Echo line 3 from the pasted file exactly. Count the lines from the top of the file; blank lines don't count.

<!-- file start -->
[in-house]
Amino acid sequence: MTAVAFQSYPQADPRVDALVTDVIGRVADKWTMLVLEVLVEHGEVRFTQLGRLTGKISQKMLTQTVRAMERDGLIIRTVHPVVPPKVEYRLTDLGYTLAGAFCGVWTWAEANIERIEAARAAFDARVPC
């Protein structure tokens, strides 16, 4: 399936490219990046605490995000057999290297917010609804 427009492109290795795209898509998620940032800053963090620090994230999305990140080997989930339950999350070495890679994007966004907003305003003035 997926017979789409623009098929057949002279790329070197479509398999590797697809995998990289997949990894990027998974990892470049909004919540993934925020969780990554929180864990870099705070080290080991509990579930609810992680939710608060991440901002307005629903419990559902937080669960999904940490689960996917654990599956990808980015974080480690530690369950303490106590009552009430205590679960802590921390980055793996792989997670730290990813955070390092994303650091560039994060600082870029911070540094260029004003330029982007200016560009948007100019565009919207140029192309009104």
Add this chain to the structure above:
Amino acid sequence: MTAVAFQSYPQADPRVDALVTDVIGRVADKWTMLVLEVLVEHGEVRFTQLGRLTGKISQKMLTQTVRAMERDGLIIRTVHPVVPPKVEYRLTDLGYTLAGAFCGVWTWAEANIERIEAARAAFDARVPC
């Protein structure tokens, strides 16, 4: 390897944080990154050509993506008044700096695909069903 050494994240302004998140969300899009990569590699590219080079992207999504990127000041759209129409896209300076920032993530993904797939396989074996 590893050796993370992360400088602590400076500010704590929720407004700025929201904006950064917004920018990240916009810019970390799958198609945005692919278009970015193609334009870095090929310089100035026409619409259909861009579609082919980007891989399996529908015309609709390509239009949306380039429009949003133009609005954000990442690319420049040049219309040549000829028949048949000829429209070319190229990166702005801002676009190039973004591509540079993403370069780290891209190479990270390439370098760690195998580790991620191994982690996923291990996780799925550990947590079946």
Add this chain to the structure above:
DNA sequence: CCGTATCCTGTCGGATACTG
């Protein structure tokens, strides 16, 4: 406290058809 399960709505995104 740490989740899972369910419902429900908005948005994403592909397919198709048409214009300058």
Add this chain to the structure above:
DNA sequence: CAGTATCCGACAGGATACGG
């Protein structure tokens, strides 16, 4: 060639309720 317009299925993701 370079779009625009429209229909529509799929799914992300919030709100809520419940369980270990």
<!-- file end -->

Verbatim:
């Protein structure tokens, strides 16, 4: 399936490219990046605490995000057999290297917010609804 427009492109290795795209898509998620940032800053963090620090994230999305990140080997989930339950999350070495890679994007966004907003305003003035 997926017979789409623009098929057949002279790329070197479509398999590797697809995998990289997949990894990027998974990892470049909004919540993934925020969780990554929180864990870099705070080290080991509990579930609810992680939710608060991440901002307005629903419990559902937080669960999904940490689960996917654990599956990808980015974080480690530690369950303490106590009552009430205590679960802590921390980055793996792989997670730290990813955070390092994303650091560039994060600082870029911070540094260029004003330029982007200016560009948007100019565009919207140029192309009104």